Thomas Hulbert on Dec. 22 asked me in the Cultural, Ethnic & Religious Foods, Foodways & Dietary Practices forum on LinkedIn:
"Tammy — can you tell us more about Korean Buddhist Temple cuisine?"
|Korean Buddhist Temple meal served at Sanchon Temple, Insadong.|
(courtesy of Julie Facine, via creative commons license)
With its emphasis on fresh local seasonal vegetables, Korean Buddhist temple cuisine is riding the wave of increasing popularity of Korean cuisine in the U.S. and Europe. Such temples are now using classes on their cuisine and opening restaurants throughout the U.S. and Europe to spead the practice of Korean Buddhism outside Korea's shores.
This is Korean cuisine that is strictly vegetarian and follows the Buddhist prohibition on eating strong-smelling plants, such as garlic, onions, shallots, leek, chives, scallions — basically, anything in the Allium family. They also stay away from overly spicy condiments.
I can't call it vegan, because some Korean Buddhists do consume dairy products in limited quantities, and I don't know of any prohibition against eating honey either.
This cuisine has a strong emphasis on using local, seasonal vegetables. Many of the dishes are made from plants foraged in the wild or grown in temple gardens. Most of the temples are in the mountains, so most of the vegetables and herbs would come from mountain climates. Korean Buddhists have been locavores for 1,700 years.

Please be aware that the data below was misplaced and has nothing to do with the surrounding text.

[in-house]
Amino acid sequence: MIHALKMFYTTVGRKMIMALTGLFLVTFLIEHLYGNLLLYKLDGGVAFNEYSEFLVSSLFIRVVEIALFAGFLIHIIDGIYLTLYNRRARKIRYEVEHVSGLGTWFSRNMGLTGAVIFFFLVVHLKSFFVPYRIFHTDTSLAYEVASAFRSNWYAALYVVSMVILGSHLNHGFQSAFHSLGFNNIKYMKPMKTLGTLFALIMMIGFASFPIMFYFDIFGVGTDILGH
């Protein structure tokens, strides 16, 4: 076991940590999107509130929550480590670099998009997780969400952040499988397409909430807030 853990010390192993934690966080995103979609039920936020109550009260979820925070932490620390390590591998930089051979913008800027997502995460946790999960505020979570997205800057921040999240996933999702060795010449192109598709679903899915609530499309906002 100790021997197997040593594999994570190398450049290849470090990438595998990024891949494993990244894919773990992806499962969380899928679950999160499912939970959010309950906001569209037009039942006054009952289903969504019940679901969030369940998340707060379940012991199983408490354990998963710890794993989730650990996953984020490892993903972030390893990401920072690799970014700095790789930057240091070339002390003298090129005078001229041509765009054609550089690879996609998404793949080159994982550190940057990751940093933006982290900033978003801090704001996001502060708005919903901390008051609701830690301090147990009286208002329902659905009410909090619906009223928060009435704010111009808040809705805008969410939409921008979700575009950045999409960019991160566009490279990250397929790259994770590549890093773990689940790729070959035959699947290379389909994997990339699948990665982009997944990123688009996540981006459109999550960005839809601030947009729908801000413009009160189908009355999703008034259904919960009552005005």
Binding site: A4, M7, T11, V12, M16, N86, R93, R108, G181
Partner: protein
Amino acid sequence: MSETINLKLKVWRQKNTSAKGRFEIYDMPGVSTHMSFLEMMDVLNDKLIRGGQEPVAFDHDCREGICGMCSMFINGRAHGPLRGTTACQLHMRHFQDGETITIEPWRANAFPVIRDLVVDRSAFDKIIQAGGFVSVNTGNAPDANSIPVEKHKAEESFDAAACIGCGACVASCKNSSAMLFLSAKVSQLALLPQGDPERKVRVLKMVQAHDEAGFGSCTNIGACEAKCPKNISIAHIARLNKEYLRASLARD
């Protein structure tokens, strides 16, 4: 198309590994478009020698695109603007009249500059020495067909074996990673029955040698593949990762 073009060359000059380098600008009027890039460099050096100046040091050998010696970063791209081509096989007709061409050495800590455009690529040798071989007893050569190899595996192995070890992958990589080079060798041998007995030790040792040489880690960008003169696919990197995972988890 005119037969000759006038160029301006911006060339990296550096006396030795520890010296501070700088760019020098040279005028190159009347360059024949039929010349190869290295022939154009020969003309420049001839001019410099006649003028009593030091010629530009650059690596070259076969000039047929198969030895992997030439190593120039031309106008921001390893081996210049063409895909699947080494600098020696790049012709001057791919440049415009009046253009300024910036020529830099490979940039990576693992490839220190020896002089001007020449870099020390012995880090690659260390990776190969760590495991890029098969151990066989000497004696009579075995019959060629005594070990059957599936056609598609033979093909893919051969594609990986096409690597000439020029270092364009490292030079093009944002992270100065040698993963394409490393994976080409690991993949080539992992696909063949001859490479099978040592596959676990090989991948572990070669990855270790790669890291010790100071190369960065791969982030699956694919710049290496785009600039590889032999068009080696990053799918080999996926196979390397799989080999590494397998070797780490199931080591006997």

Stews, soups and enhancements are simple. Seasonings are combinations of soy sauce, sesame oil doenjang (Korean fermented soybean paste), mushroom powder, kelp powder, kkaenip (perilla) seed powder and sesame seeds.
Korean Buddhists also make and eat their own kimchi (fermented vegetables). But these kimchis aren't highly spiced and would not have any fish sauce or salted seafood.
Portion control is also a crucial part of authentic Korean Buddhist cuisine. They will only take enough for their physical sustenance, eating just to satisfy hunger but not to feel full. They also will not leave even a single grain of rice in the bowl at the end of the meal.
There is, obviously, more to this cuisine, such as regional variations.
What are your experiences with temple-style food? Let me know in the comments section below.